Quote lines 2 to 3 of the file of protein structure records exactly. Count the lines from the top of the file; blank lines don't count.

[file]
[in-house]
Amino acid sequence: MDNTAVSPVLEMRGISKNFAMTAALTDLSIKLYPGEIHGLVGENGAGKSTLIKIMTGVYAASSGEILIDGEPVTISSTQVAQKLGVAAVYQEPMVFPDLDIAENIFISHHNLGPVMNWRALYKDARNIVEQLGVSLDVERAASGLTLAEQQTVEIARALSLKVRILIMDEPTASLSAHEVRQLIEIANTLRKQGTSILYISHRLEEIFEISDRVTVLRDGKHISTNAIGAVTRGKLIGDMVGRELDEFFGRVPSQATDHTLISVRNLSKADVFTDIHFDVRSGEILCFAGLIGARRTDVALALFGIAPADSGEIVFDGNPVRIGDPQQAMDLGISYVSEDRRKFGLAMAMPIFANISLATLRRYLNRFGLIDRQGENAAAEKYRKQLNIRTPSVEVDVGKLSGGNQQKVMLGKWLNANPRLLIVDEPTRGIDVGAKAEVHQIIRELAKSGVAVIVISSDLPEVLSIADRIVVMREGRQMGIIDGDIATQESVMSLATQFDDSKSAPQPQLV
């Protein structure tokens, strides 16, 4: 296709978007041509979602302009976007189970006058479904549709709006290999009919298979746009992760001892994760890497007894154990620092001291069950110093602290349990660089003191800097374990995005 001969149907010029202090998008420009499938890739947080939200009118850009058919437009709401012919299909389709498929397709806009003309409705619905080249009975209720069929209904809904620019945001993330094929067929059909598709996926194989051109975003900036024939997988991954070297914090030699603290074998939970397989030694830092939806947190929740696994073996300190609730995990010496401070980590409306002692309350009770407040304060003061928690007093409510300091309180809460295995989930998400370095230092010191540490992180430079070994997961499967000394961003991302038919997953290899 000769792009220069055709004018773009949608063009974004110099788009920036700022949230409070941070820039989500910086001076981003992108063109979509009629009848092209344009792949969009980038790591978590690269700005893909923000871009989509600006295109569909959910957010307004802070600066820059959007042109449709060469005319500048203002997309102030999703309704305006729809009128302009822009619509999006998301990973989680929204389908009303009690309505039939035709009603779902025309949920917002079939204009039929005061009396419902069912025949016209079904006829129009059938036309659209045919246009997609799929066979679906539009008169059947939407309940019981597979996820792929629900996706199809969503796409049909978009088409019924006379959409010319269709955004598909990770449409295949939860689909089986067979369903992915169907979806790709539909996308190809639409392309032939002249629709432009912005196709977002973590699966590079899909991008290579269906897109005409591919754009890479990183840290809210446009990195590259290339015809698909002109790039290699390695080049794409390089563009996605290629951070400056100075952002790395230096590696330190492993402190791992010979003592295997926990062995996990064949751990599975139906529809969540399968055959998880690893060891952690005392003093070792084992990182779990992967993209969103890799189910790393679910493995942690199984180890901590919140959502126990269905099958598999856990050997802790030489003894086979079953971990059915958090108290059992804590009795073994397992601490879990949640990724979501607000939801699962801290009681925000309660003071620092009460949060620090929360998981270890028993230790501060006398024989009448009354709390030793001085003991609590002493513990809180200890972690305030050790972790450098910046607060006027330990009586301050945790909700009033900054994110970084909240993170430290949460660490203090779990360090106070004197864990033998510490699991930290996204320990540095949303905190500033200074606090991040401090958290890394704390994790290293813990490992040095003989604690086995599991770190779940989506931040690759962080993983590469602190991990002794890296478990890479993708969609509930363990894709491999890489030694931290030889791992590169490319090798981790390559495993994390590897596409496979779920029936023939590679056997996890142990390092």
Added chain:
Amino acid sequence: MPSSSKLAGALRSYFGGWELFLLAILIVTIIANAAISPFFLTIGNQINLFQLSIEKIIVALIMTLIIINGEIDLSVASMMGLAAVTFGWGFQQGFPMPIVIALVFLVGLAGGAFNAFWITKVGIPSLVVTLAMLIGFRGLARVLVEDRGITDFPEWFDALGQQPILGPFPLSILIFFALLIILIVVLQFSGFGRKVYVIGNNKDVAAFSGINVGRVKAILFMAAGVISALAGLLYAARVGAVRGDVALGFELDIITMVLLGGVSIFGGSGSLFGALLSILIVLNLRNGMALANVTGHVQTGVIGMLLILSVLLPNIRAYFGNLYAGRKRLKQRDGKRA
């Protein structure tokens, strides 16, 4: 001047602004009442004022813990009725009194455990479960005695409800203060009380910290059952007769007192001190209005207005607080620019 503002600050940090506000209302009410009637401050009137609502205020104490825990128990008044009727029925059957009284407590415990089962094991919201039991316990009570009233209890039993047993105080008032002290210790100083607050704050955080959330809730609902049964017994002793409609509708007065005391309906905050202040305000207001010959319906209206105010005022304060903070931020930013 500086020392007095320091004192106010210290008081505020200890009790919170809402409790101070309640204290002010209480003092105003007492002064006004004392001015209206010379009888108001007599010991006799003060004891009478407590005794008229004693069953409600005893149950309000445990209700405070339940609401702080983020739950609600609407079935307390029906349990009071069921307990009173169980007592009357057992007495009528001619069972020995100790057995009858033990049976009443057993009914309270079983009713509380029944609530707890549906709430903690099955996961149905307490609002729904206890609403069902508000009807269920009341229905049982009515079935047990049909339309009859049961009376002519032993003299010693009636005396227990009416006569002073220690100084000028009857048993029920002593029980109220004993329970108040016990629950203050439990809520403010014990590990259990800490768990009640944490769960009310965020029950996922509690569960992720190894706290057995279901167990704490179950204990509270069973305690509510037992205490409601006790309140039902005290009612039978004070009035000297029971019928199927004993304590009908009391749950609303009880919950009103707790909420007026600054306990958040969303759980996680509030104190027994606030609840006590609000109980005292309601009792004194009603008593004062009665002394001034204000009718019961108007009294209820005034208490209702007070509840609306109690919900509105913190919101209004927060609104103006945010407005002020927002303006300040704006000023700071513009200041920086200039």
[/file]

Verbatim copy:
Amino acid sequence: MDNTAVSPVLEMRGISKNFAMTAALTDLSIKLYPGEIHGLVGENGAGKSTLIKIMTGVYAASSGEILIDGEPVTISSTQVAQKLGVAAVYQEPMVFPDLDIAENIFISHHNLGPVMNWRALYKDARNIVEQLGVSLDVERAASGLTLAEQQTVEIARALSLKVRILIMDEPTASLSAHEVRQLIEIANTLRKQGTSILYISHRLEEIFEISDRVTVLRDGKHISTNAIGAVTRGKLIGDMVGRELDEFFGRVPSQATDHTLISVRNLSKADVFTDIHFDVRSGEILCFAGLIGARRTDVALALFGIAPADSGEIVFDGNPVRIGDPQQAMDLGISYVSEDRRKFGLAMAMPIFANISLATLRRYLNRFGLIDRQGENAAAEKYRKQLNIRTPSVEVDVGKLSGGNQQKVMLGKWLNANPRLLIVDEPTRGIDVGAKAEVHQIIRELAKSGVAVIVISSDLPEVLSIADRIVVMREGRQMGIIDGDIATQESVMSLATQFDDSKSAPQPQLV
């Protein structure tokens, strides 16, 4: 296709978007041509979602302009976007189970006058479904549709709006290999009919298979746009992760001892994760890497007894154990620092001291069950110093602290349990660089003191800097374990995005 001969149907010029202090998008420009499938890739947080939200009118850009058919437009709401012919299909389709498929397709806009003309409705619905080249009975209720069929209904809904620019945001993330094929067929059909598709996926194989051109975003900036024939997988991954070297914090030699603290074998939970397989030694830092939806947190929740696994073996300190609730995990010496401070980590409306002692309350009770407040304060003061928690007093409510300091309180809460295995989930998400370095230092010191540490992180430079070994997961499967000394961003991302038919997953290899 000769792009220069055709004018773009949608063009974004110099788009920036700022949230409070941070820039989500910086001076981003992108063109979509009629009848092209344009792949969009980038790591978590690269700005893909923000871009989509600006295109569909959910957010307004802070600066820059959007042109449709060469005319500048203002997309102030999703309704305006729809009128302009822009619509999006998301990973989680929204389908009303009690309505039939035709009603779902025309949920917002079939204009039929005061009396419902069912025949016209079904006829129009059938036309659209045919246009997609799929066979679906539009008169059947939407309940019981597979996820792929629900996706199809969503796409049909978009088409019924006379959409010319269709955004598909990770449409295949939860689909089986067979369903992915169907979806790709539909996308190809639409392309032939002249629709432009912005196709977002973590699966590079899909991008290579269906897109005409591919754009890479990183840290809210446009990195590259290339015809698909002109790039290699390695080049794409390089563009996605290629951070400056100075952002790395230096590696330190492993402190791992010979003592295997926990062995996990064949751990599975139906529809969540399968055959998880690893060891952690005392003093070792084992990182779990992967993209969103890799189910790393679910493995942690199984180890901590919140959502126990269905099958598999856990050997802790030489003894086979079953971990059915958090108290059992804590009795073994397992601490879990949640990724979501607000939801699962801290009681925000309660003071620092009460949060620090929360998981270890028993230790501060006398024989009448009354709390030793001085003991609590002493513990809180200890972690305030050790972790450098910046607060006027330990009586301050945790909700009033900054994110970084909240993170430290949460660490203090779990360090106070004197864990033998510490699991930290996204320990540095949303905190500033200074606090991040401090958290890394704390994790290293813990490992040095003989604690086995599991770190779940989506931040690759962080993983590469602190991990002794890296478990890479993708969609509930363990894709491999890489030694931290030889791992590169490319090798981790390559495993994390590897596409496979779920029936023939590679056997996890142990390092």